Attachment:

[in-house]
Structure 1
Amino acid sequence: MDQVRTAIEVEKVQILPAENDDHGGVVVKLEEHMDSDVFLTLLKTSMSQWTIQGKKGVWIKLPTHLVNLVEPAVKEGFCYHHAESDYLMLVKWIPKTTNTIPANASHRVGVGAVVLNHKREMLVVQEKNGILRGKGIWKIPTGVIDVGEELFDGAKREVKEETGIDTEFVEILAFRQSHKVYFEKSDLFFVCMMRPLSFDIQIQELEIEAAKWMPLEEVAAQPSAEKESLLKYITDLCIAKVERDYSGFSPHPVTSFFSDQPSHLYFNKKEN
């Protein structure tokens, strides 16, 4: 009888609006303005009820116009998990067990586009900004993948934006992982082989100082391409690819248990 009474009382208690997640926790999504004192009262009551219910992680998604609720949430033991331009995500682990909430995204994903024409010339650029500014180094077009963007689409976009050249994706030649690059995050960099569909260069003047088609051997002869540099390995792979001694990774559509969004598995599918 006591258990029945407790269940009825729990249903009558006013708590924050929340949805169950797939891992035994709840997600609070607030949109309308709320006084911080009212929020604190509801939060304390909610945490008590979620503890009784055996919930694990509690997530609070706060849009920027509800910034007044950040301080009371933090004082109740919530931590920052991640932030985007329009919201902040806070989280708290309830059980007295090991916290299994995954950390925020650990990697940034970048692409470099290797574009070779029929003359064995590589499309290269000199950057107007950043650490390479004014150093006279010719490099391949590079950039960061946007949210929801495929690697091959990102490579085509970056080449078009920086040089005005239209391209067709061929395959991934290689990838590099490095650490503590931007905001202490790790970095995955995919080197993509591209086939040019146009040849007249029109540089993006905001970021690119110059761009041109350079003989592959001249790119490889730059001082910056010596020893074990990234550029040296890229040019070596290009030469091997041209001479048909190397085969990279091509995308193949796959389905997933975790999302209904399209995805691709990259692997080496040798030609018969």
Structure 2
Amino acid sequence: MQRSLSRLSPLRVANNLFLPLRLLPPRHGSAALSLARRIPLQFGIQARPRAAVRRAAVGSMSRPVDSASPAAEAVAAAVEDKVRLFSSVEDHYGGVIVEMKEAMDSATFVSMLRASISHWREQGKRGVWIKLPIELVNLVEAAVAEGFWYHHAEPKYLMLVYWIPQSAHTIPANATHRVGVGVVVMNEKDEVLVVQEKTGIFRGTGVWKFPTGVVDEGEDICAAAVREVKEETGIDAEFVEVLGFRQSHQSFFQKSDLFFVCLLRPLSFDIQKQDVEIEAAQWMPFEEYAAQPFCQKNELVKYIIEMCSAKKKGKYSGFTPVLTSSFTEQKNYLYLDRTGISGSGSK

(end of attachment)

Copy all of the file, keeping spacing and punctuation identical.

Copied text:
[in-house]
Structure 1
Amino acid sequence: MDQVRTAIEVEKVQILPAENDDHGGVVVKLEEHMDSDVFLTLLKTSMSQWTIQGKKGVWIKLPTHLVNLVEPAVKEGFCYHHAESDYLMLVKWIPKTTNTIPANASHRVGVGAVVLNHKREMLVVQEKNGILRGKGIWKIPTGVIDVGEELFDGAKREVKEETGIDTEFVEILAFRQSHKVYFEKSDLFFVCMMRPLSFDIQIQELEIEAAKWMPLEEVAAQPSAEKESLLKYITDLCIAKVERDYSGFSPHPVTSFFSDQPSHLYFNKKEN
């Protein structure tokens, strides 16, 4: 009888609006303005009820116009998990067990586009900004993948934006992982082989100082391409690819248990 009474009382208690997640926790999504004192009262009551219910992680998604609720949430033991331009995500682990909430995204994903024409010339650029500014180094077009963007689409976009050249994706030649690059995050960099569909260069003047088609051997002869540099390995792979001694990774559509969004598995599918 006591258990029945407790269940009825729990249903009558006013708590924050929340949805169950797939891992035994709840997600609070607030949109309308709320006084911080009212929020604190509801939060304390909610945490008590979620503890009784055996919930694990509690997530609070706060849009920027509800910034007044950040301080009371933090004082109740919530931590920052991640932030985007329009919201902040806070989280708290309830059980007295090991916290299994995954950390925020650990990697940034970048692409470099290797574009070779029929003359064995590589499309290269000199950057107007950043650490390479004014150093006279010719490099391949590079950039960061946007949210929801495929690697091959990102490579085509970056080449078009920086040089005005239209391209067709061929395959991934290689990838590099490095650490503590931007905001202490790790970095995955995919080197993509591209086939040019146009040849007249029109540089993006905001970021690119110059761009041109350079003989592959001249790119490889730059001082910056010596020893074990990234550029040296890229040019070596290009030469091997041209001479048909190397085969990279091509995308193949796959389905997933975790999302209904399209995805691709990259692997080496040798030609018969």
Structure 2
Amino acid sequence: MQRSLSRLSPLRVANNLFLPLRLLPPRHGSAALSLARRIPLQFGIQARPRAAVRRAAVGSMSRPVDSASPAAEAVAAAVEDKVRLFSSVEDHYGGVIVEMKEAMDSATFVSMLRASISHWREQGKRGVWIKLPIELVNLVEAAVAEGFWYHHAEPKYLMLVYWIPQSAHTIPANATHRVGVGVVVMNEKDEVLVVQEKTGIFRGTGVWKFPTGVVDEGEDICAAAVREVKEETGIDAEFVEVLGFRQSHQSFFQKSDLFFVCLLRPLSFDIQKQDVEIEAAQWMPFEEYAAQPFCQKNELVKYIIEMCSAKKKGKYSGFTPVLTSSFTEQKNYLYLDRTGISGSGSK